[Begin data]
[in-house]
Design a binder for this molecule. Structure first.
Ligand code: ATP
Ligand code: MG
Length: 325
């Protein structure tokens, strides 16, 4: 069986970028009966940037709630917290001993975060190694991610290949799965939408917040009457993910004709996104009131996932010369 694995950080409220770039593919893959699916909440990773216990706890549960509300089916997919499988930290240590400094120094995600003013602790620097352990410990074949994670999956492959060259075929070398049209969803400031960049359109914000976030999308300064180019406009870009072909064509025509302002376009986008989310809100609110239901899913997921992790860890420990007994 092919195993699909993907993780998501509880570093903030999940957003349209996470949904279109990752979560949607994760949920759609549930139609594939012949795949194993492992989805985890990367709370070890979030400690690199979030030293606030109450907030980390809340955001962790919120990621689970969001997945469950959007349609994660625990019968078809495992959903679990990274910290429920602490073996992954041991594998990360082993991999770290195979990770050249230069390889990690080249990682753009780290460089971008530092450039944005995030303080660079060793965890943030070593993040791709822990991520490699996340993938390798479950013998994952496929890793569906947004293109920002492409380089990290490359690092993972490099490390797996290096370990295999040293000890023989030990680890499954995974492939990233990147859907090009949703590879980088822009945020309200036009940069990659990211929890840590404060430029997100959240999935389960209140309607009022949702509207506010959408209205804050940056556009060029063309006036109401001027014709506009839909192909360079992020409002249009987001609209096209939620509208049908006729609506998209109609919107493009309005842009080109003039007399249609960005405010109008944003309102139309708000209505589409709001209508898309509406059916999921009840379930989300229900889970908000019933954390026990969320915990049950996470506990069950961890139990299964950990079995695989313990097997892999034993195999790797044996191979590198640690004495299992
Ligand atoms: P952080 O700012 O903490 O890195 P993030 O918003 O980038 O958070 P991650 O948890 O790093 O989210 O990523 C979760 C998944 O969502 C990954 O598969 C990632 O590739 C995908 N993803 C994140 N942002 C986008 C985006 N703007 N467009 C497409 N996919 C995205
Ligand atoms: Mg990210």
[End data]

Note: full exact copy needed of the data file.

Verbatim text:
[in-house]
Design a binder for this molecule. Structure first.
Ligand code: ATP
Ligand code: MG
Length: 325
């Protein structure tokens, strides 16, 4: 069986970028009966940037709630917290001993975060190694991610290949799965939408917040009457993910004709996104009131996932010369 694995950080409220770039593919893959699916909440990773216990706890549960509300089916997919499988930290240590400094120094995600003013602790620097352990410990074949994670999956492959060259075929070398049209969803400031960049359109914000976030999308300064180019406009870009072909064509025509302002376009986008989310809100609110239901899913997921992790860890420990007994 092919195993699909993907993780998501509880570093903030999940957003349209996470949904279109990752979560949607994760949920759609549930139609594939012949795949194993492992989805985890990367709370070890979030400690690199979030030293606030109450907030980390809340955001962790919120990621689970969001997945469950959007349609994660625990019968078809495992959903679990990274910290429920602490073996992954041991594998990360082993991999770290195979990770050249230069390889990690080249990682753009780290460089971008530092450039944005995030303080660079060793965890943030070593993040791709822990991520490699996340993938390798479950013998994952496929890793569906947004293109920002492409380089990290490359690092993972490099490390797996290096370990295999040293000890023989030990680890499954995974492939990233990147859907090009949703590879980088822009945020309200036009940069990659990211929890840590404060430029997100959240999935389960209140309607009022949702509207506010959408209205804050940056556009060029063309006036109401001027014709506009839909192909360079992020409002249009987001609209096209939620509208049908006729609506998209109609919107493009309005842009080109003039007399249609960005405010109008944003309102139309708000209505589409709001209508898309509406059916999921009840379930989300229900889970908000019933954390026990969320915990049950996470506990069950961890139990299964950990079995695989313990097997892999034993195999790797044996191979590198640690004495299992
Ligand atoms: P952080 O700012 O903490 O890195 P993030 O918003 O980038 O958070 P991650 O948890 O790093 O989210 O990523 C979760 C998944 O969502 C990954 O598969 C990632 O590739 C995908 N993803 C994140 N942002 C986008 C985006 N703007 N467009 C497409 N996919 C995205
Ligand atoms: Mg990210």